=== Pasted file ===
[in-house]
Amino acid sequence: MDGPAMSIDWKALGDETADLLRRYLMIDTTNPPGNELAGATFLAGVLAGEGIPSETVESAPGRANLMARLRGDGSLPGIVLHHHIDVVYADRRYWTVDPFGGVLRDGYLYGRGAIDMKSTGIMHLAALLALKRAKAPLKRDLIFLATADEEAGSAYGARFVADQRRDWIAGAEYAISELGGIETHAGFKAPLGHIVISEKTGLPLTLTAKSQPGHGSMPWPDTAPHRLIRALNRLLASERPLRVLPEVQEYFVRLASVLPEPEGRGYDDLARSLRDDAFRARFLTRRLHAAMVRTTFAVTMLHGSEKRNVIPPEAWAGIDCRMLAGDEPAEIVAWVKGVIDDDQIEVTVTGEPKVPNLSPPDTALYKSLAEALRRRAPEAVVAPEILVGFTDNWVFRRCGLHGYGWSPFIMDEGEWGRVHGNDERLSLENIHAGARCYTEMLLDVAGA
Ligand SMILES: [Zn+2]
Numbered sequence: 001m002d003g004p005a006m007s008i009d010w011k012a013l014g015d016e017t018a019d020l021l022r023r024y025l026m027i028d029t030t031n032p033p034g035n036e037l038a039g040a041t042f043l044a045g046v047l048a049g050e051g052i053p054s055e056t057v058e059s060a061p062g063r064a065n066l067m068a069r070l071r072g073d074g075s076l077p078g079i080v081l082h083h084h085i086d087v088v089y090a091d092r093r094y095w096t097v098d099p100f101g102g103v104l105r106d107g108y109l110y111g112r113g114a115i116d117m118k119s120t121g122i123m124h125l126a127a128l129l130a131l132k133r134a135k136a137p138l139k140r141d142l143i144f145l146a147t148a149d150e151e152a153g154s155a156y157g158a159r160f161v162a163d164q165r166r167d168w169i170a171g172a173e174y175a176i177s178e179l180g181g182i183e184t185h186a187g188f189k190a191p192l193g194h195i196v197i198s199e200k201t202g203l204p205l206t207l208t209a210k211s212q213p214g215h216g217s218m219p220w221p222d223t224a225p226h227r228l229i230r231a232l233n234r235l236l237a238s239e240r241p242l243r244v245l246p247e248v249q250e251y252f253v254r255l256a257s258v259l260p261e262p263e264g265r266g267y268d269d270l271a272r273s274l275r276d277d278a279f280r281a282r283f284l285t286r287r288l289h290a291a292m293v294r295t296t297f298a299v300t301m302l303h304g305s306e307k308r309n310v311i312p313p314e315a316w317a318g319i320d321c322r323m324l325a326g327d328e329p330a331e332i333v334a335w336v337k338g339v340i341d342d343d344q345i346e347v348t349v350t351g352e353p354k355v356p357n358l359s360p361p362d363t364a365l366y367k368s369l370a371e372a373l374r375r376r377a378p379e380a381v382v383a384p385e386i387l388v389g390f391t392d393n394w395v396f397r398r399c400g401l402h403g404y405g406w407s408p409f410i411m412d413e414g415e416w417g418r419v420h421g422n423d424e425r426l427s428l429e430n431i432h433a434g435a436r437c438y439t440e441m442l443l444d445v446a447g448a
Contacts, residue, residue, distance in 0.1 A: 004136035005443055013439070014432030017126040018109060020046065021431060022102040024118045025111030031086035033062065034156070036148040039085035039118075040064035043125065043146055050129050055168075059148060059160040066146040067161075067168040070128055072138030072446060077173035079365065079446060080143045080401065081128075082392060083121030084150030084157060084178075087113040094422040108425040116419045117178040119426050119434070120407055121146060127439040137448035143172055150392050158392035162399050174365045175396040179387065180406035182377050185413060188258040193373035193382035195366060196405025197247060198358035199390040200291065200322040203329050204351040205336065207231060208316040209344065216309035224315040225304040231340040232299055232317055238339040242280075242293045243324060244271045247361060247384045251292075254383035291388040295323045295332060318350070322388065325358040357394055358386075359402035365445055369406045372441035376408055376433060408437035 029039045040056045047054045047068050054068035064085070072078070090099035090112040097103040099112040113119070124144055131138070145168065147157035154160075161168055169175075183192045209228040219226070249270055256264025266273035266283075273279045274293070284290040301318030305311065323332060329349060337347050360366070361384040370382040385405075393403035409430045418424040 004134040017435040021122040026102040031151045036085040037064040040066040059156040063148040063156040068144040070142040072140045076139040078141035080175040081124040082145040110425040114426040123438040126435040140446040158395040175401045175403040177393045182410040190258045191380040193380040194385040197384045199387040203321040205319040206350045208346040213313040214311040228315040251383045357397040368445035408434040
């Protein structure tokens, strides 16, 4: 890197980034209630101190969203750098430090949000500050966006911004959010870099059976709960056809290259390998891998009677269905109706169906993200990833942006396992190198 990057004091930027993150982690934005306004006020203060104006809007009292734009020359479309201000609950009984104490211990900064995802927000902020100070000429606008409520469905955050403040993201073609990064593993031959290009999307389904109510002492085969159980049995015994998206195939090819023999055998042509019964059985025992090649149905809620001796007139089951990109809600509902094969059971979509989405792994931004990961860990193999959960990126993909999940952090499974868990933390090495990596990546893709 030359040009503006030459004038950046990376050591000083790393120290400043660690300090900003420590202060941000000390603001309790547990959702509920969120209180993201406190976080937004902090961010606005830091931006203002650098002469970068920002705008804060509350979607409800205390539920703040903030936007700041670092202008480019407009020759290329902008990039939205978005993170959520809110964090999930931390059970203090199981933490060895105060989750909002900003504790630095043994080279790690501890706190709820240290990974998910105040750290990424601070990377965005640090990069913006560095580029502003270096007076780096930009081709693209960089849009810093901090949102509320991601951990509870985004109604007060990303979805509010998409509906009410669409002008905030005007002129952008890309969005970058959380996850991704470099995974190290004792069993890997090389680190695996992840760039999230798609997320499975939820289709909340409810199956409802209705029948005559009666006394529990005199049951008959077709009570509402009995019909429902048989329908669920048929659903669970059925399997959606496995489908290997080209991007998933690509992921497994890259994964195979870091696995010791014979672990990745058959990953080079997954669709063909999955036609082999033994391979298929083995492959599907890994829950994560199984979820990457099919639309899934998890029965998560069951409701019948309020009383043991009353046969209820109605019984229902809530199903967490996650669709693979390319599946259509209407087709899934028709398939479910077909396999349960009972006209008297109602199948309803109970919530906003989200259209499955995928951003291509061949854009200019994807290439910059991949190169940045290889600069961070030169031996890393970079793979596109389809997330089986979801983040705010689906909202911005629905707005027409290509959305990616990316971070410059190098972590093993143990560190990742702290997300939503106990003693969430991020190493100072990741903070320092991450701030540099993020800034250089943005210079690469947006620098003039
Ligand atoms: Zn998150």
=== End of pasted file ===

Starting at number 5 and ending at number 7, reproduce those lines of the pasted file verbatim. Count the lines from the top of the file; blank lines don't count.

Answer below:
Contacts, residue, residue, distance in 0.1 A: 004136035005443055013439070014432030017126040018109060020046065021431060022102040024118045025111030031086035033062065034156070036148040039085035039118075040064035043125065043146055050129050055168075059148060059160040066146040067161075067168040070128055072138030072446060077173035079365065079446060080143045080401065081128075082392060083121030084150030084157060084178075087113040094422040108425040116419045117178040119426050119434070120407055121146060127439040137448035143172055150392050158392035162399050174365045175396040179387065180406035182377050185413060188258040193373035193382035195366060196405025197247060198358035199390040200291065200322040203329050204351040205336065207231060208316040209344065216309035224315040225304040231340040232299055232317055238339040242280075242293045243324060244271045247361060247384045251292075254383035291388040295323045295332060318350070322388065325358040357394055358386075359402035365445055369406045372441035376408055376433060408437035 029039045040056045047054045047068050054068035064085070072078070090099035090112040097103040099112040113119070124144055131138070145168065147157035154160075161168055169175075183192045209228040219226070249270055256264025266273035266283075273279045274293070284290040301318030305311065323332060329349060337347050360366070361384040370382040385405075393403035409430045418424040 004134040017435040021122040026102040031151045036085040037064040040066040059156040063148040063156040068144040070142040072140045076139040078141035080175040081124040082145040110425040114426040123438040126435040140446040158395040175401045175403040177393045182410040190258045191380040193380040194385040197384045199387040203321040205319040206350045208346040213313040214311040228315040251383045357397040368445035408434040
């Protein structure tokens, strides 16, 4: 890197980034209630101190969203750098430090949000500050966006911004959010870099059976709960056809290259390998891998009677269905109706169906993200990833942006396992190198 990057004091930027993150982690934005306004006020203060104006809007009292734009020359479309201000609950009984104490211990900064995802927000902020100070000429606008409520469905955050403040993201073609990064593993031959290009999307389904109510002492085969159980049995015994998206195939090819023999055998042509019964059985025992090649149905809620001796007139089951990109809600509902094969059971979509989405792994931004990961860990193999959960990126993909999940952090499974868990933390090495990596990546893709 030359040009503006030459004038950046990376050591000083790393120290400043660690300090900003420590202060941000000390603001309790547990959702509920969120209180993201406190976080937004902090961010606005830091931006203002650098002469970068920002705008804060509350979607409800205390539920703040903030936007700041670092202008480019407009020759290329902008990039939205978005993170959520809110964090999930931390059970203090199981933490060895105060989750909002900003504790630095043994080279790690501890706190709820240290990974998910105040750290990424601070990377965005640090990069913006560095580029502003270096007076780096930009081709693209960089849009810093901090949102509320991601951990509870985004109604007060990303979805509010998409509906009410669409002008905030005007002129952008890309969005970058959380996850991704470099995974190290004792069993890997090389680190695996992840760039999230798609997320499975939820289709909340409810199956409802209705029948005559009666006394529990005199049951008959077709009570509402009995019909429902048989329908669920048929659903669970059925399997959606496995489908290997080209991007998933690509992921497994890259994964195979870091696995010791014979672990990745058959990953080079997954669709063909999955036609082999033994391979298929083995492959599907890994829950994560199984979820990457099919639309899934998890029965998560069951409701019948309020009383043991009353046969209820109605019984229902809530199903967490996650669709693979390319599946259509209407087709899934028709398939479910077909396999349960009972006209008297109602199948309803109970919530906003989200259209499955995928951003291509061949854009200019994807290439910059991949190169940045290889600069961070030169031996890393970079793979596109389809997330089986979801983040705010689906909202911005629905707005027409290509959305990616990316971070410059190098972590093993143990560190990742702290997300939503106990003693969430991020190493100072990741903070320092991450701030540099993020800034250089943005210079690469947006620098003039
Ligand atoms: Zn998150």